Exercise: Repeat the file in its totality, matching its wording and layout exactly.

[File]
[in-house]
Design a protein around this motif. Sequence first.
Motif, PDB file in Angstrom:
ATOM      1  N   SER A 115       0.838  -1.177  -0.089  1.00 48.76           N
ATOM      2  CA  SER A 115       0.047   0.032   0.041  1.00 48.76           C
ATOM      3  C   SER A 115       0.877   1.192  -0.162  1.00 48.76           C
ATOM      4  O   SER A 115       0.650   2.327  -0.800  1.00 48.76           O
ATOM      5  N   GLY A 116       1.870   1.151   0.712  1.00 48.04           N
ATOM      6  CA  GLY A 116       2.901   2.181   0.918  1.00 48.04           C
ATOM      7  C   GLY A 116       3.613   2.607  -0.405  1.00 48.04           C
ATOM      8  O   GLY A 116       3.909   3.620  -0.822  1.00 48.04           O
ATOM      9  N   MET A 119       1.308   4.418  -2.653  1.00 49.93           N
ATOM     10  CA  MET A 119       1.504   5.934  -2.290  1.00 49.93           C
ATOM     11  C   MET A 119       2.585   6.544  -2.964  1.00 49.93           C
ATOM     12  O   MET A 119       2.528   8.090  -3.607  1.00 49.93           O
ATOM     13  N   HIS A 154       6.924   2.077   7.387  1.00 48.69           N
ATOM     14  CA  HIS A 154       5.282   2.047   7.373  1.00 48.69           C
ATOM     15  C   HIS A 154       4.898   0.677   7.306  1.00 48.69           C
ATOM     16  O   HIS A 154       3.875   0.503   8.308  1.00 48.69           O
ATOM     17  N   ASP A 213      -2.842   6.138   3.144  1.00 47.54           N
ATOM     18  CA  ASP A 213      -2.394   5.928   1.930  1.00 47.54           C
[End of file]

[in-house]
Design a protein around this motif. Sequence first.
Motif, PDB file in Angstrom:
ATOM      1  N   SER A 115       0.838  -1.177  -0.089  1.00 48.76           N
ATOM      2  CA  SER A 115       0.047   0.032   0.041  1.00 48.76           C
ATOM      3  C   SER A 115       0.877   1.192  -0.162  1.00 48.76           C
ATOM      4  O   SER A 115       0.650   2.327  -0.800  1.00 48.76           O
ATOM      5  N   GLY A 116       1.870   1.151   0.712  1.00 48.04           N
ATOM      6  CA  GLY A 116       2.901   2.181   0.918  1.00 48.04           C
ATOM      7  C   GLY A 116       3.613   2.607  -0.405  1.00 48.04           C
ATOM      8  O   GLY A 116       3.909   3.620  -0.822  1.00 48.04           O
ATOM      9  N   MET A 119       1.308   4.418  -2.653  1.00 49.93           N
ATOM     10  CA  MET A 119       1.504   5.934  -2.290  1.00 49.93           C
ATOM     11  C   MET A 119       2.585   6.544  -2.964  1.00 49.93           C
ATOM     12  O   MET A 119       2.528   8.090  -3.607  1.00 49.93           O
ATOM     13  N   HIS A 154       6.924   2.077   7.387  1.00 48.69           N
ATOM     14  CA  HIS A 154       5.282   2.047   7.373  1.00 48.69           C
ATOM     15  C   HIS A 154       4.898   0.677   7.306  1.00 48.69           C
ATOM     16  O   HIS A 154       3.875   0.503   8.308  1.00 48.69           O
ATOM     17  N   ASP A 213      -2.842   6.138   3.144  1.00 47.54           N
ATOM     18  CA  ASP A 213      -2.394   5.928   1.930  1.00 47.54           C